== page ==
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Staffing addresses the human resource issues of an organization. Hiring, removing, training, promoting, and even rewarding the people who make up an organization. Often it includes creating new positions, and staffing them. Depending on the specific activity involved at a given time, staffing can be a function of both management and leadership. Some projects involve only a single individual, but most involve multiple people. Project team members, both internal and external, need to be managed and led. Staffing issues are faced regularly by project managers, even on short term projects.

Directing is the most leadership-centered function of the five. It includes supervision, motivation, communication, and many other activities involved in deciding what it is the organization is going to do. This is the area where goals and objectives for the whole group are set. While this can sometimes be a management task, it is most often and closely associated with leadership. The degree of directing control by project managers varies from project to project. Leadership-based directing authority often rests with an external owner or project sponsor, but not exclusively. Management-based directing is a central part of a PM’s daily activities, especially during the execution stages of a project.

Controlling refers to measuring organizational performance against planned baseline targets and examining the amount of deviation from set targets. As Peter Drucker said, “You can’t manage what you can’t measure.” Controlling extends beyond performance management to include establishing the standards and systems of measurement for the metrics you want to monitor, as well as establishing preventative measures to ensure limits on deviation from the beginning. This is most frequently performed as a management task, but the use of the information can be very important to leadership in establishing future targets and direction. From project selection to completion, and every step of the way in between, monitoring and controlling is an area of responsibility for the whole project team, managed and led by the project manager. Leadership is exercised in setting quality management standards and assurance procedures. Management is exercised in maintaining those standards. Leadership once again comes into action when making decisions regarding future actions based on the control data gathered and evaluated.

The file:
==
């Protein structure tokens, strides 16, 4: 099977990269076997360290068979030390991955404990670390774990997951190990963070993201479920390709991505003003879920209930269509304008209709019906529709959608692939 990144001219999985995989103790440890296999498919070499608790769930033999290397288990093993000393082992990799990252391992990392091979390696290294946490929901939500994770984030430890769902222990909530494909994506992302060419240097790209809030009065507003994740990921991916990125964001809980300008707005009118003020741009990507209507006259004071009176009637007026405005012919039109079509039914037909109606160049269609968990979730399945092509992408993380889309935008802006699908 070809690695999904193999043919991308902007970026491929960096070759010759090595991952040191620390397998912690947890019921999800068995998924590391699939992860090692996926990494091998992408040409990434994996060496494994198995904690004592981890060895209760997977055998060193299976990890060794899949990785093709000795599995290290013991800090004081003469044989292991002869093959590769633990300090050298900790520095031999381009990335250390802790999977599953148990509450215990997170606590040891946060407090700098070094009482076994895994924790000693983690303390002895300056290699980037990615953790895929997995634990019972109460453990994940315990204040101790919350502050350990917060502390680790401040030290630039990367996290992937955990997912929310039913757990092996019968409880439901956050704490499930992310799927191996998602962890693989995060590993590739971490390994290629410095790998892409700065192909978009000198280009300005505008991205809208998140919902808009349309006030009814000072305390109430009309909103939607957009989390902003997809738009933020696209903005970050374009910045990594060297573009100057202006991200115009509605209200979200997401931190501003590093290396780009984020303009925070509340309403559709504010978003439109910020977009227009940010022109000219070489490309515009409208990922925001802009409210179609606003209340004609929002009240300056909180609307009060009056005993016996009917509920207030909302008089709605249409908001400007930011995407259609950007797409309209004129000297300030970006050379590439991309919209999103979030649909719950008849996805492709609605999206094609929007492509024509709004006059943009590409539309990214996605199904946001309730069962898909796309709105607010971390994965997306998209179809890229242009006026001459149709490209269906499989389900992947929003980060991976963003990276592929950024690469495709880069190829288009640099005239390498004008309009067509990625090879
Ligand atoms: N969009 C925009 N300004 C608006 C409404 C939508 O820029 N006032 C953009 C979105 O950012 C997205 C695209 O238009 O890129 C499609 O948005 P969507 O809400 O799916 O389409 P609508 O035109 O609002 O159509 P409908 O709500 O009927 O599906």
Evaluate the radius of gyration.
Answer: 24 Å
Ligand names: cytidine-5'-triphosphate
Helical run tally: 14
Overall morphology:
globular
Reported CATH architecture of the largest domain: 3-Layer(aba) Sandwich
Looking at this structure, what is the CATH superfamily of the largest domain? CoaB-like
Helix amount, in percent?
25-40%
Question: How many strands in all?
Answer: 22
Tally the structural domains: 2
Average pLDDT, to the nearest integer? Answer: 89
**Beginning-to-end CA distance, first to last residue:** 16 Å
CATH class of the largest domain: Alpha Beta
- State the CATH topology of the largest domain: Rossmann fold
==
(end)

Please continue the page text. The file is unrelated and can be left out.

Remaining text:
In the practical world, there is more overlap between management and leadership tasks than there is separation. Most of the time, we are operating in the space in between, as the associated diagram illustrates.romanelli 10102018a

Project management is a multidisciplinary skill, involving the practice of abilities in a wide variety of areas. In order to be a consistently effective project manager, PM’s need to also master the skills involved in leadership and management.

Project management skills should be updated regularly in order to stay sharp. Continuing training, education, and development should focus on the skills of management and leadership, as well as subject-specific material. That can include formal training to log PDUs, or simply staying current by reading articles on sites such as this one. However, we choose to do it, broader subject knowledge in management and leadership should be part of the content. 

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Mark Romanelli

Mark Romanelli is a full-time lecturer in the Sports, Culture, and Events Management program at the University of Applied Science Kufstein Tirol (FH Kufstien Tirol) in Kufstein, Austria. His curriculum includes courses in Project Management and Strategic Project Development. He is a member of the Project Management Institute and a Certified Associate in Project Management.